Meyncke v. Meyncke, 08-482.

Docket NºNo. 08-482.
Citation980 A.2d 799, 2009 VT 84
Case DateAugust 03, 2009
CourtUnited States State Supreme Court of Vermont
980 A.2d 799
2009 VT 84
No. 08-482.
Supreme Court of Vermont.
August 3, 2009.

[980 A.2d 800]

Present: REIBER, C.J., DOOLEY, JOHNSON, SKOGLUND and BURGESS, Associate Justices.

980 A.2d 801

¶ 1. Robert Meyncke appeals from the family court's denial of his motion to modify maintenance and from the trial court's wage-withholding order. We affirm.

¶ 2. The background facts and procedural history of this case are as follows. Robert and Judith Meyncke had been married for twenty-four years when, in October 2007, they were divorced. In the final divorce decree, the family court ordered husband to pay $6,390 per month in maintenance to wife for thirteen years. The court later adjusted the period to fifteen years on wife's motion. At the time of the final divorce decree, husband was earning about $400,000 per year.

¶ 3. In late 2007, husband lost his job, and was not reemployed until April 2008. In May 2008, husband moved to modify spousal maintenance, arguing that the award should be adjusted downward because he expected to earn only about $300,000 per year at his new job. In June 2008, while his motion was still pending, husband unilaterally reduced his maintenance payments to $2,600 per month. Wife subsequently filed a petition for wage withholding. In October 2008, the trial court denied husband's motion to modify, held husband in contempt for failure to pay full maintenance to wife, and ordered that if husband did not become current on his maintenance obligation within thirty days it would garnish husband's wages. The court also awarded wife $6,510 in attorney's fees. Husband filed a timely appeal.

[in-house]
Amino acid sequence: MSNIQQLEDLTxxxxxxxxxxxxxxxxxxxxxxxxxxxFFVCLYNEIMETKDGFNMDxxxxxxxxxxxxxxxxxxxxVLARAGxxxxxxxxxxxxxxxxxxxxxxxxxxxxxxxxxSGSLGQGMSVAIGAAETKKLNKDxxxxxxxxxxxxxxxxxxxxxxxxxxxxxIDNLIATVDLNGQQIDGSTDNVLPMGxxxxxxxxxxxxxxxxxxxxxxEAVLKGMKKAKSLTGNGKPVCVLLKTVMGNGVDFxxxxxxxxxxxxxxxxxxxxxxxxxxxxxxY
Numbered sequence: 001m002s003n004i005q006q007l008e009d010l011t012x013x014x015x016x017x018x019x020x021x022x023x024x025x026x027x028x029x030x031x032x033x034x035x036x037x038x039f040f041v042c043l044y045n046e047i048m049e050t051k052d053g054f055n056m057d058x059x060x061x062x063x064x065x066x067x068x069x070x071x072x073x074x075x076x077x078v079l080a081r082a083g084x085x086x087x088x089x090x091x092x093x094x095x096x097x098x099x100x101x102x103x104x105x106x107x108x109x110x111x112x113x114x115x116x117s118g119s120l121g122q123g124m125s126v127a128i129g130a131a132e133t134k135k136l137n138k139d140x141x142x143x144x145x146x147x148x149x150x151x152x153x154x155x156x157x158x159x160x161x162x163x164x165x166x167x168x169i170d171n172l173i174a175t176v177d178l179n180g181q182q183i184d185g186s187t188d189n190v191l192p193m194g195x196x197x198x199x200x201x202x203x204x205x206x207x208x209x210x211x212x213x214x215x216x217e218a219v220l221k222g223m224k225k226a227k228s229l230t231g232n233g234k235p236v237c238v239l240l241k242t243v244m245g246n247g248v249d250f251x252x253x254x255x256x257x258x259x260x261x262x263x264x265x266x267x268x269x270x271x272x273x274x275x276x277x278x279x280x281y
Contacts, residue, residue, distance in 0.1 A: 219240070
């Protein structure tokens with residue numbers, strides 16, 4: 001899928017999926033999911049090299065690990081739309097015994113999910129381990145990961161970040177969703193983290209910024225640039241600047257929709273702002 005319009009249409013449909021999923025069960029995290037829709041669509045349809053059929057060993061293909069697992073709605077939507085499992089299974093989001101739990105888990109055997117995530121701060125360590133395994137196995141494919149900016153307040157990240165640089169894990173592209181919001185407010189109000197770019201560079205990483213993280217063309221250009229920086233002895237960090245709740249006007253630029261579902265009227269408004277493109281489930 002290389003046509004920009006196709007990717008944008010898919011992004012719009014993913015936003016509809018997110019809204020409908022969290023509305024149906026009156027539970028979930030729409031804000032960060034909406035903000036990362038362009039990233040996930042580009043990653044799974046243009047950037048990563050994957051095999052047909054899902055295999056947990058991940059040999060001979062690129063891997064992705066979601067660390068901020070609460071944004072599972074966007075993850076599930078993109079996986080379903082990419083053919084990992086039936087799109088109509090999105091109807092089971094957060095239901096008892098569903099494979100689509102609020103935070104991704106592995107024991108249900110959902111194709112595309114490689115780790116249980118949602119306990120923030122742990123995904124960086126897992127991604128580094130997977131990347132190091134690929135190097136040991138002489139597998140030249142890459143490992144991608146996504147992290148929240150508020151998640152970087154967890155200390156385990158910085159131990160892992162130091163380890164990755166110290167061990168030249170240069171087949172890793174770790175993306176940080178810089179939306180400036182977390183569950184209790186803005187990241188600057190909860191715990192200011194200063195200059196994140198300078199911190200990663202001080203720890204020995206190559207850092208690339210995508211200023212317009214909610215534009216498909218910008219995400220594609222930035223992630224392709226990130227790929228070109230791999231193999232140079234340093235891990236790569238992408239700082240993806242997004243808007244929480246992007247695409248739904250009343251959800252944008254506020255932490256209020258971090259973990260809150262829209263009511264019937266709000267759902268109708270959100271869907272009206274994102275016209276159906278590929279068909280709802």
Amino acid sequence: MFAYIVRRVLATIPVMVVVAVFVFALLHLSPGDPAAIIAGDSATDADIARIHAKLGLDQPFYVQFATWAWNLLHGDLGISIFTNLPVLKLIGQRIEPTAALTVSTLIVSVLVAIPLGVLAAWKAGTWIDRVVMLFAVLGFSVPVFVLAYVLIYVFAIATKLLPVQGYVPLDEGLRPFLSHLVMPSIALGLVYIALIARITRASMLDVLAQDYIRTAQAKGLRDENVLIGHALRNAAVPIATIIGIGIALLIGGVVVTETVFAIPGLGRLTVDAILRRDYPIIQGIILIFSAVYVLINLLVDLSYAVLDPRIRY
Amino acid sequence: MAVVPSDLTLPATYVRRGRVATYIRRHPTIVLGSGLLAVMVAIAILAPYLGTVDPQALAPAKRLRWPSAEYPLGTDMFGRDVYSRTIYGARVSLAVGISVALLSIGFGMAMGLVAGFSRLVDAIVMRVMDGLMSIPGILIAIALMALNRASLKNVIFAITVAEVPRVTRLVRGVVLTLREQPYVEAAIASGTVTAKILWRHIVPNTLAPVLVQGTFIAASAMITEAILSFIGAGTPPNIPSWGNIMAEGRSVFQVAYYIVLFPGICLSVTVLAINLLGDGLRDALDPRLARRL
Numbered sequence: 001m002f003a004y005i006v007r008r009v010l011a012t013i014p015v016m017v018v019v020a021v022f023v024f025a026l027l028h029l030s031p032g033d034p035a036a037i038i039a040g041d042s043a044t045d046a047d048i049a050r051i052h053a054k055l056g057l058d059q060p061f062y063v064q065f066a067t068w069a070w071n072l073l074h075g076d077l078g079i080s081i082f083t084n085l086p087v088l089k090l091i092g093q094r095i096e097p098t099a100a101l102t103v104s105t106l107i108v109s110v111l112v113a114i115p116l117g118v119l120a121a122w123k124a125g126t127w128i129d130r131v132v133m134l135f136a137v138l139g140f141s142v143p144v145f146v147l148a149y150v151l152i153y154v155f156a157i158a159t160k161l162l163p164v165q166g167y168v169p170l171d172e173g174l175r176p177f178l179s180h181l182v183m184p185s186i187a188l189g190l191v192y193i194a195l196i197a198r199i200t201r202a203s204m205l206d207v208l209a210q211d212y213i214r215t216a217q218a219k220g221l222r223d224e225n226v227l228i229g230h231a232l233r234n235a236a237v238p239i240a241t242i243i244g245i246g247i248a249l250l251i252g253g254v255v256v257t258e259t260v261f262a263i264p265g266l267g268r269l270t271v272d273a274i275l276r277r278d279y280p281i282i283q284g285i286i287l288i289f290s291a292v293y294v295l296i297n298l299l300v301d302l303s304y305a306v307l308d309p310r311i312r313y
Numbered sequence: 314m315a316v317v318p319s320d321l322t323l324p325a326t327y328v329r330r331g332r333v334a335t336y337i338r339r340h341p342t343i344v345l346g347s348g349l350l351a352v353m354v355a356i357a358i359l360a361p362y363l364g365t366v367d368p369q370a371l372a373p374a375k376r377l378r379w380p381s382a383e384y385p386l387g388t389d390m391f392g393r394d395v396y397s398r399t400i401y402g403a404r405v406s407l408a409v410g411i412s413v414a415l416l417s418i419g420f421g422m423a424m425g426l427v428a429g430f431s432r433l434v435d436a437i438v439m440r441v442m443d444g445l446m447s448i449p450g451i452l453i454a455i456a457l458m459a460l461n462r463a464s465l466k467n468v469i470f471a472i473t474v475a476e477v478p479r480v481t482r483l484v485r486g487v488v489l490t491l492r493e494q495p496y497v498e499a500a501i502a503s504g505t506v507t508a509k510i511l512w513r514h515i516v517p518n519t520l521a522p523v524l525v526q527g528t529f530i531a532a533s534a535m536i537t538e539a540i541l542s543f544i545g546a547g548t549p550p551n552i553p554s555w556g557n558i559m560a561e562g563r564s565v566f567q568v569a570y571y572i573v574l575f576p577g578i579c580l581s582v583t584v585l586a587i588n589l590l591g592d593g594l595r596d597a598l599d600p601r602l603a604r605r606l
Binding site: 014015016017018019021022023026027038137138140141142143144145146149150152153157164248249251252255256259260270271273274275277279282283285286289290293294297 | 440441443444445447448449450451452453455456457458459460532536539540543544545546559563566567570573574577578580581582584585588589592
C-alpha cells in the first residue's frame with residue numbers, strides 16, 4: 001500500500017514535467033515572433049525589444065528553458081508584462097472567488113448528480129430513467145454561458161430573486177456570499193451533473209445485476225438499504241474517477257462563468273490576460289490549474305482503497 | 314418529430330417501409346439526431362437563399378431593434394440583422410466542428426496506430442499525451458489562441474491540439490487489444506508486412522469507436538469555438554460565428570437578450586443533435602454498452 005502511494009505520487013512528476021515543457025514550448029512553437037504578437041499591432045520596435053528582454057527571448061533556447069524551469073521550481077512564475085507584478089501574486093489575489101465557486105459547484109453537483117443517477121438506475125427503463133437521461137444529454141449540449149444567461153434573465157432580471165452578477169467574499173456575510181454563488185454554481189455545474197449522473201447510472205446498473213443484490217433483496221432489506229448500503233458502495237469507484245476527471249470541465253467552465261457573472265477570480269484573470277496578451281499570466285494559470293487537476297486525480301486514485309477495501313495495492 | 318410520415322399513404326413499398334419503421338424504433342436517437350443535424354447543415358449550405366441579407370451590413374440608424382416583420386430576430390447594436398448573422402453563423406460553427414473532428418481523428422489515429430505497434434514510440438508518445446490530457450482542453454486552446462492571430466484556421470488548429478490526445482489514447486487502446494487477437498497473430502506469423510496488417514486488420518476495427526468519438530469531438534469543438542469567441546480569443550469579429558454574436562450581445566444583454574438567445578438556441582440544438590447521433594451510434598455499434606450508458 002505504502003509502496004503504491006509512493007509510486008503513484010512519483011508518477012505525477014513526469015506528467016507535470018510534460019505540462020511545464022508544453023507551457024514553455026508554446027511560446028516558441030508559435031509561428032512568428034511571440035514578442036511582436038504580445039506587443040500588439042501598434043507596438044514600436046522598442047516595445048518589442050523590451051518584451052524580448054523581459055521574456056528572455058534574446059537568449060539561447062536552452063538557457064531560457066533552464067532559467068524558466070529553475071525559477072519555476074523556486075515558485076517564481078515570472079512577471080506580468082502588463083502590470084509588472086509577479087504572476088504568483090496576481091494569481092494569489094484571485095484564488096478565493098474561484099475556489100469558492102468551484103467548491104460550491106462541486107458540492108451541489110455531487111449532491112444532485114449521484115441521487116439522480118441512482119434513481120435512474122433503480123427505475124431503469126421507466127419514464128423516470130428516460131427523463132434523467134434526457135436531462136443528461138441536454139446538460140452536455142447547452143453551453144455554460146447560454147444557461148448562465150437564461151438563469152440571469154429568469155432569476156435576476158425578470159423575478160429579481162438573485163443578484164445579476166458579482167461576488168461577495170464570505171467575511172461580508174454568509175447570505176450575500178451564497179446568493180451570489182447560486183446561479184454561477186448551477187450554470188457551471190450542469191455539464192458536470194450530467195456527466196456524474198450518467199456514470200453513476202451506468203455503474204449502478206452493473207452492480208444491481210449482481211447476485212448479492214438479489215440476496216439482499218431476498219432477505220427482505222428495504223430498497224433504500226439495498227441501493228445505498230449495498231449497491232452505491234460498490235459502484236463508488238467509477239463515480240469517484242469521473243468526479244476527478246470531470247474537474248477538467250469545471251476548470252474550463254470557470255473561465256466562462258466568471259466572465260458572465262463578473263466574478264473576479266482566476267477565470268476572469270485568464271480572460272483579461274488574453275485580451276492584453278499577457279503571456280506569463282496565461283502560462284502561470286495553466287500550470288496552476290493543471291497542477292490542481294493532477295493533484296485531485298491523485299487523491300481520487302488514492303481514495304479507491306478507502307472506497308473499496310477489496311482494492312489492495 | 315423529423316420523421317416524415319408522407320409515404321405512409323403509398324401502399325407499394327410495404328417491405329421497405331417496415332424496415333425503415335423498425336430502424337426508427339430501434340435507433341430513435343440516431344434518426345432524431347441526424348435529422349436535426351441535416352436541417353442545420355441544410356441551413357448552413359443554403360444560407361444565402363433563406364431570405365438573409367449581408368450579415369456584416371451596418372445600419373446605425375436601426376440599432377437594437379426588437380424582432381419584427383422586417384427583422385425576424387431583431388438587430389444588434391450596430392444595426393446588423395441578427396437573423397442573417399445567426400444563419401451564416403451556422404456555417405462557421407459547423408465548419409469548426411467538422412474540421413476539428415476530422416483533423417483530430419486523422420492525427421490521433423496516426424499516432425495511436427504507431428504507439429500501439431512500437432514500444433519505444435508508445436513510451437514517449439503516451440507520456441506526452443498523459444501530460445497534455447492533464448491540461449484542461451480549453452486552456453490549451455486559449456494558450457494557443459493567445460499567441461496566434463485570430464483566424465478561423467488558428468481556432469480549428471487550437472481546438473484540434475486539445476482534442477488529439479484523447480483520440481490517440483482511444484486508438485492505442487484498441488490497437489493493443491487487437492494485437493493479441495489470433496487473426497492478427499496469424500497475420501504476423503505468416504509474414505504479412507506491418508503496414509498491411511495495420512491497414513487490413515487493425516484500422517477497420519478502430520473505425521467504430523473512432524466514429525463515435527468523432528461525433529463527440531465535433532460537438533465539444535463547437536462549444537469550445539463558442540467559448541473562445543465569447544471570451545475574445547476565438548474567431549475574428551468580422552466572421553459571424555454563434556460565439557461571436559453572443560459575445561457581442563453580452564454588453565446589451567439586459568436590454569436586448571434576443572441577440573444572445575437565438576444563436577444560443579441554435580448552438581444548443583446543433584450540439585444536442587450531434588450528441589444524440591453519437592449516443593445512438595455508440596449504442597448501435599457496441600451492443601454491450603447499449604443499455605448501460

¶ 4. When husband failed to purge himself of contempt within thirty days, the court issued a wage-withholding order requiring husband's employer to withhold the amount of $6,390 per month from husband's wages and pay all amounts withheld to wife. We subsequently granted husband's motion to amend his appeal to include a challenge to the wage-withholding order.

¶ 5. Husband raises one argument with respect to the wage-withholding order, and several arguments with respect to the family court's decision on his motion to modify. We address each of husband's contentions, in turn.

¶ 6. Husband argues that the wage-withholding order violates 15 U.S.C. § 1673(b)(2) because it requires his employer to withhold more than 55% of his bi-weekly pay. This argument presents a pure issue of law which we review de novo. See Smith v. Desautels, 2008 VT 17, ¶ 8, 183 Vt. 255, 953 A.2d 620 (reviewing issues of law de novo).

¶ 7. Section 1673 restricts the garnishment of wages to certain maximum amounts, depending on circumstance. In relevant part, § 1673(b) provides as follows:

(2) The maximum part of the aggregate disposable earnings of an individual for any workweek which is subject to garnishment to enforce any order for the support of any person shall not exceed—

(A) where such individual is supporting his spouse or dependent child (other than a spouse or child with respect to whose support such order is used), 50 per centum of such individual's disposable earnings for that week ...

(B) . . .